When my Girlfriend came back this Christmas from Recife, Brazil, she had brought me a present, the Brazilian-made game Medieval Battles. I have to thank Flavio for his suggestion, as the game was very much enjoyed by my friends the other night! It is a light game of territory and resource control played over 8 rounds with some interesting mechanics.
As an aside, I managed to struggle through the Portuguese rule book, asking Karen the meaning of occasional words, and was quite happy to figure the game out. Then, looking it up on the Geek, I saw a full English translation of the rules.. Doh!
The production values are good, especially the very well-designed storage tray which keeps all the game components separated and accessible. The game pieces are plastic troop and ship markers, cardboard points tokens, cities and temples and cardboard stand-up king and Viking markers with plastic bases. There are also some cards, which could be made from better cardstock and some D6`s, with one specially-printed temple die.
Players represent various groups, such as the Irish, Saxons, etc. in medieval Europe, and each group has a set starting territory. The rules suggest which groups should be used with various numbers of players, from 2-5. Our first playing was with 4 players, and that worked quite well.
Each player sets up his king, 4 troops, and a city in the starting territory, with the ship in the sea space adjacent to that territory. Each player takes their turn in order, in three phases, starting with the build phase. Players get one build for each territory they control with a city, and one half build for each territory that contains a temple or troops. Each build allows the contruction of 1 troop, city or temple, with the provision that troops may be built in any territory that contains friendly troops, cities may be built in territories contaning friendly trrops but no other builds, and temples may only be built in territories with friendly troops and the temple symbol.
Territories may only contain 1 city or temple, but not both. Ships can never be built, and there is no combat between ships.
Once the build phase is done, any or all troops may be moved to an adjacent territory, and up to three troops adjacent to the ship may be loaded from one territory, moved up to 2 sea spaces, and disembarked in up to three adjacent land spaces.
Each territory that now contains more than one colour of troops will have combat until only one colour remains, and since combat takes place after movement, there is no way to reinforce after combat.
Combat is resolved by each affected player rolling 2 D6, with the higher total causing the loss of 1 troop to the lower total. Ties are won by the player with the most troops in the battle, and if the number of troops is equal, the dice are re-rolled.
After combat, play proceeds to the next player, and once each player has completed all three phases, a Viking card is turned up. Each Viking card will show 2 sea spaces that the Vikings can attack from, and a condition, such as least cities, least troops, etc. The player having the least of what is listed is allowed to use the Viking to attack one territory that is adjacent to one of the sea spaces shown. The Viking, being a fierce raider, only rolls one D6, the other always being a 6, and fights the defender until he either defeats all enemy troops, in which case he sacks and removes any city or temple, or until he loses or ties a battle, in which case the marker is moved to the Isle of Man.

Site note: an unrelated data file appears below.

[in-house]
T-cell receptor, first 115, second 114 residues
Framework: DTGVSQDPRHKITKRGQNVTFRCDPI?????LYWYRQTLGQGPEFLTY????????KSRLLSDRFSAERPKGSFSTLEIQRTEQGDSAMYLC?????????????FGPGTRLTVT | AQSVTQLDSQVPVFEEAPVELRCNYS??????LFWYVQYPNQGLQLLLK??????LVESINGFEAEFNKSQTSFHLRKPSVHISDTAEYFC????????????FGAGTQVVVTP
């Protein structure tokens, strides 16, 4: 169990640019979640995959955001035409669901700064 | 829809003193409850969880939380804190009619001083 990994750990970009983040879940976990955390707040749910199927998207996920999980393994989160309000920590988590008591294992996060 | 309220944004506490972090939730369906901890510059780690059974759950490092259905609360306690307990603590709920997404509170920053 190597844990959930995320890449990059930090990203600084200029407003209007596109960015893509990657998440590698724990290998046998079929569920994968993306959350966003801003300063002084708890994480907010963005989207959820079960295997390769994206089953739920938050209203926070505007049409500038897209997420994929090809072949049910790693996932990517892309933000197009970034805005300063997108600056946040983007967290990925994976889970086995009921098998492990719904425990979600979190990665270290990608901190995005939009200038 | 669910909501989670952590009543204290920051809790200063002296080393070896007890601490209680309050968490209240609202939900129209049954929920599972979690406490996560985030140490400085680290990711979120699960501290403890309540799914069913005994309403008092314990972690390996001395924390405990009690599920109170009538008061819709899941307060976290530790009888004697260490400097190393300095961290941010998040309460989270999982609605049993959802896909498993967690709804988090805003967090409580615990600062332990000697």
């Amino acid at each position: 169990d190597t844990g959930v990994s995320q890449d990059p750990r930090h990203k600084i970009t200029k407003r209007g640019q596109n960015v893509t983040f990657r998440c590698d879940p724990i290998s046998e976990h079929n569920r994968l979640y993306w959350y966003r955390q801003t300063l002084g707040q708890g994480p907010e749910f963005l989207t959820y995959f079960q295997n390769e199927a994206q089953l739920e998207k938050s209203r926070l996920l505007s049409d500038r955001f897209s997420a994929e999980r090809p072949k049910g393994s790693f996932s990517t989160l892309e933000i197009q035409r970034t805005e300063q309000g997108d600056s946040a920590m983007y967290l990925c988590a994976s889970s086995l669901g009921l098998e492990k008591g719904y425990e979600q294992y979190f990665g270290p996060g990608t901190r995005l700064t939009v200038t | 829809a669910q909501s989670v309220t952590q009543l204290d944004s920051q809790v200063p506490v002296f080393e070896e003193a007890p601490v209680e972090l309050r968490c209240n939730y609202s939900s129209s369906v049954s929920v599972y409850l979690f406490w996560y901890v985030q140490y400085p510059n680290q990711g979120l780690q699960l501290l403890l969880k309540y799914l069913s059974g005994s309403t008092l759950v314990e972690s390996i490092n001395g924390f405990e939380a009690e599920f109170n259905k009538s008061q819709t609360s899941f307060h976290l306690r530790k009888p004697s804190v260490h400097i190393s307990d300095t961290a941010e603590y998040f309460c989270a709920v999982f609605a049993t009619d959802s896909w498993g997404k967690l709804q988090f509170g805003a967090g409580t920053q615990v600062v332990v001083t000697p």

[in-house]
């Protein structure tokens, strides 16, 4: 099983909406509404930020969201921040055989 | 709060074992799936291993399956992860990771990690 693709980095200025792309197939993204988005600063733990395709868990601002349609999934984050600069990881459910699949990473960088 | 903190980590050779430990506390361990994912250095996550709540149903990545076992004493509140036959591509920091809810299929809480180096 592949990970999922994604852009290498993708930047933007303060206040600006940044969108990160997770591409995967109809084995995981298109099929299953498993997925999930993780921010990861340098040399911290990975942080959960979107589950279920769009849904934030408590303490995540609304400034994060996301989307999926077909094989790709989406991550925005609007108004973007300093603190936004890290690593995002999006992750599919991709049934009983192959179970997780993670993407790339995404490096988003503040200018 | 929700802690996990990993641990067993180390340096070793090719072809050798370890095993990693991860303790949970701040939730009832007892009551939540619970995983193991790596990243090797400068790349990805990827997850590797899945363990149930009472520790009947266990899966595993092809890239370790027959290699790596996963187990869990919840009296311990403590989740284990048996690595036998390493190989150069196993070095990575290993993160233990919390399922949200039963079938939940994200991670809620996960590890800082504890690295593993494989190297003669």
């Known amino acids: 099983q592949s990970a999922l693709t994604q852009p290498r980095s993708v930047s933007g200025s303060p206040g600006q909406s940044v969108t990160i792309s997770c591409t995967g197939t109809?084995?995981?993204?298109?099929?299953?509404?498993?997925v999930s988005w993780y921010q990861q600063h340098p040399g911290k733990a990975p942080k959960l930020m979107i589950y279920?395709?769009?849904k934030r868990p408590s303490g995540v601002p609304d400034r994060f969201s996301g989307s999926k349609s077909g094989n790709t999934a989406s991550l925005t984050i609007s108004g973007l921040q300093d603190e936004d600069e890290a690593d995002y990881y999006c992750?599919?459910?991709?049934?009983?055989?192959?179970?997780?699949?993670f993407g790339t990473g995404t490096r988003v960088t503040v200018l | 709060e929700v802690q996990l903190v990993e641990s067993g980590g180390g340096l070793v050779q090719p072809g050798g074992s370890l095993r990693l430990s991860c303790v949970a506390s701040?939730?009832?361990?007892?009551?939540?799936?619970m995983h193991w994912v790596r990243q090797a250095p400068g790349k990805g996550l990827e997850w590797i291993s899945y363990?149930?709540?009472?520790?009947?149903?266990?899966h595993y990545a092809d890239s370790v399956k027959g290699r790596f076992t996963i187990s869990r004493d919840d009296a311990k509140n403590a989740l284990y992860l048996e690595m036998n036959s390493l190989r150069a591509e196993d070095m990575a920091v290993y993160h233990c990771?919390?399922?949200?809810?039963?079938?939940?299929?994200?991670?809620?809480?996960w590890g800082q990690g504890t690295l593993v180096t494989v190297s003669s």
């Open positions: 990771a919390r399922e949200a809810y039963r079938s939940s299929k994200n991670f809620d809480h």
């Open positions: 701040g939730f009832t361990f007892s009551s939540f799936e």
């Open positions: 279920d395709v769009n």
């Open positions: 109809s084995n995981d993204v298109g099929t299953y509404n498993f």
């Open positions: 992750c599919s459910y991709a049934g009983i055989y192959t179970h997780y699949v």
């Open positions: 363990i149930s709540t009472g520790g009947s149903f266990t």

The players` king tokens act much like the Viking, by raising the morale of any troops in their territory so that one die is automatically a five. If the last troop is lost in the king`s space, he dies and the player loses 3 VP.
After the Viking raid, each player counts their VP and takes tokens in that amount from the bank, keeping them face down. For VP purposes, controlled territories with a city are worth 1 VP, and territories with a temple are worth 2 VPs. Territories which only have troops are worth nothing. The game plays for 8 rounds, and ends after the points are tallied in round 8.
There is one special case, when a player succesfully invades a territory that contains a temple, they must roll a special die to see if the gods have blessed or cursed the invasion. 3 faces are blank, which means that nothing happens. 2 faces are skulls, which means that the player keeps the territory but the temple is destroyed, and one face is a D6, which means that the player must roll one D6 and lose that many points from his supply.
The game plays very quickly, and it is fairly lightweight. That being said, it is always fun to fight battles that come down to the last roll of the dice, and as we all know from Settlers, you can`t be lucky or unlucky all the time. The inverse value of cities and temples for building and VP`s is an interesting mechanic, as well as the use of the Viking to allow weaker players to try and take some points away from the leader. There are some advanced rules that allow the use of some combat cards, an extra ship and a movable king, but the game plays well enough as is. I would consider using some form of rotating start player, or perhaps a VP auction for turn order, but, on the whole, Angus: Medieval Battles is a fine light territory control game. If you see a copy on sale, I would suggest buying it if this all sounds to be to your taste.